Hello World, written as an HTTP Cloud Function
Google App Engine: Serverless Applications
App Engine is Google’s fully managed serverless application platform for web and API backends. While serverless functions let you easily run lightweight and standalone pieces of functionality, it can be difficult to run more complex applications using Cloud Functions. For developers who want to build a serverless application with multiple pieces of functionality, or retain some level of context that survives beyond an individual request, Google App Engine presents a compelling option.
In Google App Engine, you simply take your code and deploy it on Google, then pay for the resources you consume – this runs on App Engine as a single resource consisting of one or more services. For each service, you deploy one or more versions of that service, which in turn run within one or more instances depending on the amount of traffic each version handles.
Deploying Hello World on Google App Engine with a single command from your app’s directory, shown above
Depending on your particular needs, you can run your code in one of two types of App Engine environment. Google recommends the standard environment when you want to run an application that needs to rapidly scale, written in a specific language version that App Engine supports. For applications that experience more consistent traffic, run in Docker containers with custom runtimes or non-supported programming languages, or access parts of your Google Platform project that run on Compute Engine, choose the App Engine Flexible Environment instead.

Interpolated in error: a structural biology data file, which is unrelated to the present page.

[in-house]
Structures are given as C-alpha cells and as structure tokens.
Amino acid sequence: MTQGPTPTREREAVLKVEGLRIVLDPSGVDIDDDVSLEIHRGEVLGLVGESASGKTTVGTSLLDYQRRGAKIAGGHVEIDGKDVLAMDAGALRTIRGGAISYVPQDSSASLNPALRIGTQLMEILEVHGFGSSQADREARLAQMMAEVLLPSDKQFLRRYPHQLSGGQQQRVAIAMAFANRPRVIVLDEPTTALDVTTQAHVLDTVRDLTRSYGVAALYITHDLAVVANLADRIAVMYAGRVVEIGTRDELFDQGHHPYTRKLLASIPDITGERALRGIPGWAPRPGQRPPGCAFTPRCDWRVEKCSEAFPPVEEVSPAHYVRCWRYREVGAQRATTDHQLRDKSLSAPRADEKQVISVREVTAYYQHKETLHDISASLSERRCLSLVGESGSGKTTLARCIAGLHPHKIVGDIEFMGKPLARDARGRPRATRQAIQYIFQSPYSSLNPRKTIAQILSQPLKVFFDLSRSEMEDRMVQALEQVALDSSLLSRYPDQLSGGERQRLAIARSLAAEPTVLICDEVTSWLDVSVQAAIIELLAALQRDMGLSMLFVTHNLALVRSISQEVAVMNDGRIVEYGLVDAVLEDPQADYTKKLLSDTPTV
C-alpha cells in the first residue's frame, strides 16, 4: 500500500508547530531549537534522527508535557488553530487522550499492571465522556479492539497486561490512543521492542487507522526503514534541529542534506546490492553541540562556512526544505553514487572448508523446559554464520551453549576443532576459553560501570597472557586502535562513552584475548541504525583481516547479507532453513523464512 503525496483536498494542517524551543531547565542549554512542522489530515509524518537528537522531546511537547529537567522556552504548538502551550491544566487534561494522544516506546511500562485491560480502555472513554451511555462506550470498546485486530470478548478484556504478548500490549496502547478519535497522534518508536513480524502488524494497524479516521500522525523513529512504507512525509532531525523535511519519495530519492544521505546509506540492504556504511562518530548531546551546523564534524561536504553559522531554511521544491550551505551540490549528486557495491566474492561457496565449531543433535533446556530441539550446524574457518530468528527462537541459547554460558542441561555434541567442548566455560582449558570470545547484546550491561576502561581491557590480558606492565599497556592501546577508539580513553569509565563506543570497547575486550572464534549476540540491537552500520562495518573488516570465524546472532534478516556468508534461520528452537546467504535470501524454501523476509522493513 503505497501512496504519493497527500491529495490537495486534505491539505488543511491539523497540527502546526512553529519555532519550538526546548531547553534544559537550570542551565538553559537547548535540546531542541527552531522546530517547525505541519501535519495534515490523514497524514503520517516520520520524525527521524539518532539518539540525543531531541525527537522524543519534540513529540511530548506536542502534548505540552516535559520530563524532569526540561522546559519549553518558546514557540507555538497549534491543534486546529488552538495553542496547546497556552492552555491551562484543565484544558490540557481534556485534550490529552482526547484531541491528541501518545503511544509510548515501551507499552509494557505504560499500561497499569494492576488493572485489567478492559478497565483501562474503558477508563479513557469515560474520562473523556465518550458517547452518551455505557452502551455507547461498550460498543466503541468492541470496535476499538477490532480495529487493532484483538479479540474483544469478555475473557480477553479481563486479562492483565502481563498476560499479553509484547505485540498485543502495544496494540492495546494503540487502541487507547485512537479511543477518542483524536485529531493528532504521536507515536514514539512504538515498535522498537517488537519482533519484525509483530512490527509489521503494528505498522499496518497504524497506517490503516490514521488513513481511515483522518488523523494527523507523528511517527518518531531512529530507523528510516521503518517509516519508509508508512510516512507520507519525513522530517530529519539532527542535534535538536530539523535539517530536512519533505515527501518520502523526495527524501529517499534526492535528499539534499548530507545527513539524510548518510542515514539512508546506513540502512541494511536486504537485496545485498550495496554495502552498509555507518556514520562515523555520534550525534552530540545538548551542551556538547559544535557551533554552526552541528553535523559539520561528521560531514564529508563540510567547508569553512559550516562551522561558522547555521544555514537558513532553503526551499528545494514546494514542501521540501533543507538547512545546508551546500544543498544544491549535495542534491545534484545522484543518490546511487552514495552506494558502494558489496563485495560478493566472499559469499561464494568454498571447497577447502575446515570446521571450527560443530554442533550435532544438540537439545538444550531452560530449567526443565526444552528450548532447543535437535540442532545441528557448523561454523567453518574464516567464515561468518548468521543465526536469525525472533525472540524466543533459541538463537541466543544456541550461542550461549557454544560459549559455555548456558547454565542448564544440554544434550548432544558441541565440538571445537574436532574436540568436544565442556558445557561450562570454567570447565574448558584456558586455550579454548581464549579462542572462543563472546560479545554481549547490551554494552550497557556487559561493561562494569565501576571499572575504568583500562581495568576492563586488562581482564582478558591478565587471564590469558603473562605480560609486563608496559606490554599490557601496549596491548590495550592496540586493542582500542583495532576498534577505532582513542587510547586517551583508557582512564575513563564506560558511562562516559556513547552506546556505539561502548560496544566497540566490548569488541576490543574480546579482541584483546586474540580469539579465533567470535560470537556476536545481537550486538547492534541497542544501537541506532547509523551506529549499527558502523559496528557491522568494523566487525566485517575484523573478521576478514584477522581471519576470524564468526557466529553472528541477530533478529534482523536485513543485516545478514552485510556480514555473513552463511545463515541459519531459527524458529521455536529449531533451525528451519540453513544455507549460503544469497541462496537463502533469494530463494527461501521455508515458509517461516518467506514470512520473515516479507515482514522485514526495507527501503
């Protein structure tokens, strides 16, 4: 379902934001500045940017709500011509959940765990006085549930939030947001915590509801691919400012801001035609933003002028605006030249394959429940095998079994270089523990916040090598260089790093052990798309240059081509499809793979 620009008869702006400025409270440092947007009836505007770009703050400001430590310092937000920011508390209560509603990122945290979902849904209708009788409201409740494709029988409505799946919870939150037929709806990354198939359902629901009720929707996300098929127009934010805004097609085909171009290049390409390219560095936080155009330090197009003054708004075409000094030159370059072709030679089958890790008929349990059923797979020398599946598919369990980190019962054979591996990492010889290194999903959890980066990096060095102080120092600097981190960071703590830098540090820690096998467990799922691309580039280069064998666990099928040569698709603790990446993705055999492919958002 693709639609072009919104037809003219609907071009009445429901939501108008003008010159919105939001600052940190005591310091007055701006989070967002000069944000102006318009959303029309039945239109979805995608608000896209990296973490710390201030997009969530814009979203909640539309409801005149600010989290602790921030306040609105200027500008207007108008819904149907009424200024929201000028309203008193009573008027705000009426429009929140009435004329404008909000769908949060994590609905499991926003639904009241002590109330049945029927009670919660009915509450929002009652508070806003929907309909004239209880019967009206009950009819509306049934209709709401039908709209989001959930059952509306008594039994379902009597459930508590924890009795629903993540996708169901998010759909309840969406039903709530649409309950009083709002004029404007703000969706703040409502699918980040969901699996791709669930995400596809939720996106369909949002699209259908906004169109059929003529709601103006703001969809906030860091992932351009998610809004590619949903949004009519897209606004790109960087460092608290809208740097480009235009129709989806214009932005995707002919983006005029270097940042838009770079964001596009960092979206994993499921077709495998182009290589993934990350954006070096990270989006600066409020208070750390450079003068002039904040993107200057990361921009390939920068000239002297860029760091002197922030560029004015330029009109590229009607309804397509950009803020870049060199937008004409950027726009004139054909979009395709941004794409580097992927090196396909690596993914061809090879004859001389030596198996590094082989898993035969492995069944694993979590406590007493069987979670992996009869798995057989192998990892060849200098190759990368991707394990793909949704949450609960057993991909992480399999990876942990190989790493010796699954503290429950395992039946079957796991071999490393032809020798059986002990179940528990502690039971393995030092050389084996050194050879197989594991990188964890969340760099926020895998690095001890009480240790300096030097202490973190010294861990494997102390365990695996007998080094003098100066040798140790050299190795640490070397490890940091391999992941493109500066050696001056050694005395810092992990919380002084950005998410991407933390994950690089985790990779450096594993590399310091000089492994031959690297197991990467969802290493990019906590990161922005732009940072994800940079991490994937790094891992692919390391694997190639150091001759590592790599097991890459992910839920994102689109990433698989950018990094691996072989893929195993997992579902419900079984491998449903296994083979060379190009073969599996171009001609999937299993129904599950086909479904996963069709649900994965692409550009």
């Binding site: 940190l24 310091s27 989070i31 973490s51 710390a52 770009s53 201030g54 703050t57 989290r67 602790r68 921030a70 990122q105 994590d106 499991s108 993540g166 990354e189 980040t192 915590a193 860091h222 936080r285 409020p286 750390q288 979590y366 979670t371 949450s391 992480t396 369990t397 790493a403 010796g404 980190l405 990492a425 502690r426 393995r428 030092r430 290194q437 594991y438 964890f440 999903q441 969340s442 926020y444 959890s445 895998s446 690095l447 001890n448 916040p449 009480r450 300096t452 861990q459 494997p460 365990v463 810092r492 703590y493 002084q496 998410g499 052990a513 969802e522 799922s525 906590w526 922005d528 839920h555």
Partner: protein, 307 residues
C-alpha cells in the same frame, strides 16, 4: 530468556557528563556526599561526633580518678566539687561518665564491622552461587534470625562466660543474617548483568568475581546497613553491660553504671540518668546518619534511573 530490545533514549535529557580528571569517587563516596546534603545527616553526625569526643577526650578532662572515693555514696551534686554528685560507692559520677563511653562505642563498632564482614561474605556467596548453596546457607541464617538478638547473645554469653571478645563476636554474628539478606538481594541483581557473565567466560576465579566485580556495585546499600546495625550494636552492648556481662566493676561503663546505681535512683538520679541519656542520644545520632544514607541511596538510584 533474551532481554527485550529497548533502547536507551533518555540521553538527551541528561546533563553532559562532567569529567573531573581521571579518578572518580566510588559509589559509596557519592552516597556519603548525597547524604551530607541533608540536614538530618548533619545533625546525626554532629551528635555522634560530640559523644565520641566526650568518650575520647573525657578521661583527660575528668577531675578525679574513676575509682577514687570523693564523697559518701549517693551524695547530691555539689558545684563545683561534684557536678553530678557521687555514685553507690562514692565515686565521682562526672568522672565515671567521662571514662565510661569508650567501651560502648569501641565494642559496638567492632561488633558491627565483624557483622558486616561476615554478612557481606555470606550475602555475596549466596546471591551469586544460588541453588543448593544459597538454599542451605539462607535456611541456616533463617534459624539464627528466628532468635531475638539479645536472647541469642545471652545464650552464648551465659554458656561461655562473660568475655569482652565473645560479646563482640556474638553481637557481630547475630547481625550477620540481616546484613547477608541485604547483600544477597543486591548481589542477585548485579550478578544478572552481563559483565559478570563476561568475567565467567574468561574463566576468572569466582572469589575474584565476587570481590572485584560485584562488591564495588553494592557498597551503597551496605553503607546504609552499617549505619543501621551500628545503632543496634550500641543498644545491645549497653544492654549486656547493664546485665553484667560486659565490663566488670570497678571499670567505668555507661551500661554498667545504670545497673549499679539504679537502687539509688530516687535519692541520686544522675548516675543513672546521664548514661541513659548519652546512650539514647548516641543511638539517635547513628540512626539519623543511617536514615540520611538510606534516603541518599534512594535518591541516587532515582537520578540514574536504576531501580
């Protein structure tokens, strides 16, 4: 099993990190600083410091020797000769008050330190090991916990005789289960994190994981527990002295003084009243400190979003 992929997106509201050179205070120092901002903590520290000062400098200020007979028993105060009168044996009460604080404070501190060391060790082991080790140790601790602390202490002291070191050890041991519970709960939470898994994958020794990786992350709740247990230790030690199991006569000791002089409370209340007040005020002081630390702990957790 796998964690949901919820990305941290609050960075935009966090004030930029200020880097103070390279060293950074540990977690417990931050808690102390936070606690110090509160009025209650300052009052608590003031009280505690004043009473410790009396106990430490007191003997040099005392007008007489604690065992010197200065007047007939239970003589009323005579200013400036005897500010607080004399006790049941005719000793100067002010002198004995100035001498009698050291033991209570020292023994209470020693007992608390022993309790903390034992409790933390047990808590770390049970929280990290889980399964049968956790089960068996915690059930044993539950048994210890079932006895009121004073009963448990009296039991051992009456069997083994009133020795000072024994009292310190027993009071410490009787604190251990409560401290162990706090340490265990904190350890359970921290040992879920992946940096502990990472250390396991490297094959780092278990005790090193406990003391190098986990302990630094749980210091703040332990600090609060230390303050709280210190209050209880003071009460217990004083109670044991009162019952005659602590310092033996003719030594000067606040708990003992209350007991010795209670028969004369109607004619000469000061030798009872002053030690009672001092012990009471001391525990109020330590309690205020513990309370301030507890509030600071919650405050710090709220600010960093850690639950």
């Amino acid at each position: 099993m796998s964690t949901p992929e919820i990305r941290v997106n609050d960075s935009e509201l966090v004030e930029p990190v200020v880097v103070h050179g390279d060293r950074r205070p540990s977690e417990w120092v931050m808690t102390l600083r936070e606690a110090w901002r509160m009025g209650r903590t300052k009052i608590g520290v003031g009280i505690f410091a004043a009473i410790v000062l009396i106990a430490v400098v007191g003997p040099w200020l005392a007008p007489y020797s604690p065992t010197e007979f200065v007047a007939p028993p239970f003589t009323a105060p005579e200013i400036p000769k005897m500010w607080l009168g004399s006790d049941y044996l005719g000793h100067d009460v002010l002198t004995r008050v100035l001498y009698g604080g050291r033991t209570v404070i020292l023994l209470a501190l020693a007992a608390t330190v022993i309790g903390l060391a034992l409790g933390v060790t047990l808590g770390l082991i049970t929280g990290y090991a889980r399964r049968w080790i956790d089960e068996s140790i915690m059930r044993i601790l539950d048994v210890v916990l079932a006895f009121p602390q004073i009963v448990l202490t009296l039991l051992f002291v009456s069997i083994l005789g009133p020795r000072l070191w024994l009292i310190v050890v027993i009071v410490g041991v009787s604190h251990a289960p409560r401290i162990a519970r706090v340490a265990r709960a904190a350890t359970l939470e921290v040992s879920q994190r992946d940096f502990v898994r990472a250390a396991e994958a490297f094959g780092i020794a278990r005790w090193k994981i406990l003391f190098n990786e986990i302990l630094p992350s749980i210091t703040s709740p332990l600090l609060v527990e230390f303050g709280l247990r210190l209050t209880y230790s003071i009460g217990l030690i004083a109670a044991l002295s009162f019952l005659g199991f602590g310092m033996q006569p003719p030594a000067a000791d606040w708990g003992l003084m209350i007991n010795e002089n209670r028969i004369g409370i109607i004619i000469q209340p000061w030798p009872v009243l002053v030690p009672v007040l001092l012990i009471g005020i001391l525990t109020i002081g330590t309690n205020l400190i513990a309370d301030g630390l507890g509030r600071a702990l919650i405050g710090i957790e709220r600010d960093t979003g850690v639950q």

Deciding Between Cloud Run, Cloud Functions, and App Engine
In general, serverless platforms are best used to build stateless applications without needing to manage infrastructure. Some examples include:
- Quickly prototyping a feature
- Rapidly autoscaling a web application
- Performing a task in response to background events
When deciding which of these serverless platforms is right for you, keep the following points in mind:
- If you already package code in Docker containers or are running a Kubernetes cluster in Google Cloud, consider Cloud Run or Knative for your serverless workloads.
- For running code that responds to real-time events, or for serving requests without containers, use Cloud Functions.
- For when you need multiple pieces of functionality in a single place and want to just deploy your entire application, look to App Engine.
Google also provides a handy flowchart that you can find here, along with example use cases for each.
More Servers, More Problems
We’re incredibly excited by Google’s latest announcements around serverless computing, and in a broader sense, how serverless helps developers push the pace of software innovation. To learn specifically about monitoring serverless workloads on Google Cloud, you can read about how Splunk Infrastructure Monitoring provides real-time visibility for Knative, Cloud Run, and Google Cloud Functions.
If you’re not already using Splunk Infrastructure Monitoring, get started with a 14-day trial or observability demo.